Flashback Saturday: If you want more consumption choices, live near lots of other people

Every weekend we dig into the archives. This post by Peter was originally published in March 2015. One of the many reasons that people choose to live in cities is that cities offer variety. As Stu Donovan has argued before, being around more people sometimes seems inconvenient, but it also exposes you to new ideas, new people, and new consumption choices.…
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Flashback Saturday: Demographia fails Urban Economics 101

Every weekend we dig into the archives. This post by Peter was originally published in March 2015. Every year since 2005, pro-sprawl think-tank Demographia has published a new edition of its “International Housing Affordability Survey“. They report a “median multiple” measure of housing affordability that compares median house prices to median household incomes within a number of cities, mostly in the English-speaking world.…
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Flashback Saturday: The demographics of travel to work

Every weekend we dig into the archives. This by post Matt was originally published in March 2015. The last census was two years ago and there’s already been a lot of analysis of the results of it. In terms of transport the census asks about Journeys to Work and while it is a fairly flawed metric due to it ignoring other trip generators like journeys to education – a large component of the morning peak in particular – it still has shown some interesting results.…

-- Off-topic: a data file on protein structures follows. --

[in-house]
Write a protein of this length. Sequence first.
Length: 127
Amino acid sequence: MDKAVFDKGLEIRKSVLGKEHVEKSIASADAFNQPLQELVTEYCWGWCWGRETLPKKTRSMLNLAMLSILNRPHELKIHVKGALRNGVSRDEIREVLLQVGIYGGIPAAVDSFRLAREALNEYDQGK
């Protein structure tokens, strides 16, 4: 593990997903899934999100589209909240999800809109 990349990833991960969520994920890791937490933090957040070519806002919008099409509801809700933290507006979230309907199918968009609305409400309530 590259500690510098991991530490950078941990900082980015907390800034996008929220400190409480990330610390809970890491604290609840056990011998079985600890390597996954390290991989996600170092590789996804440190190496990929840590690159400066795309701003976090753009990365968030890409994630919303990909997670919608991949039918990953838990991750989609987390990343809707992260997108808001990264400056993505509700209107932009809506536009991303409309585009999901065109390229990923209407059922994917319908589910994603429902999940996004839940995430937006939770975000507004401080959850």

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Flashback Saturday: Proximity and Integration (The Metropolitan Revolution)

Every weekend we dig into the archives. This post by Kent was originally published in May 2014.  Our open, innovative economy increasingly craves proximity and extols integration, which allows knowledge to be transferred easily between, within, and across clusters, firms, workers and supporting institutions, thereby enabling the creation of new ideas that fuel even greater economic activity and growth.…
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Flashback Saturday: How transport policy affects location choice

Each weekend we dig into the archives. This post by Stu was first published in September 2017. When we talk about transport, it’s natural for our minds to focus on moving people from A to B. That is, we tend to think about how to meet the demand for travel between locations, assuming that the demand for being in those locations is unaffected by the transport policies that we implement.…
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Flashback Saturday: Alain Bertaud in Auckland

Every weekend we dig into the archives. This post by Peter was originally published in September 2014. Back in July former World Bank urban planner Alain Bertaud and his wife Marie-Agnes, a fellow professional in the field, came down to New Zealand at the invitation of the NZ Initiative and the Minister of Finance’s office to deliver a series of talks on urban economics.…
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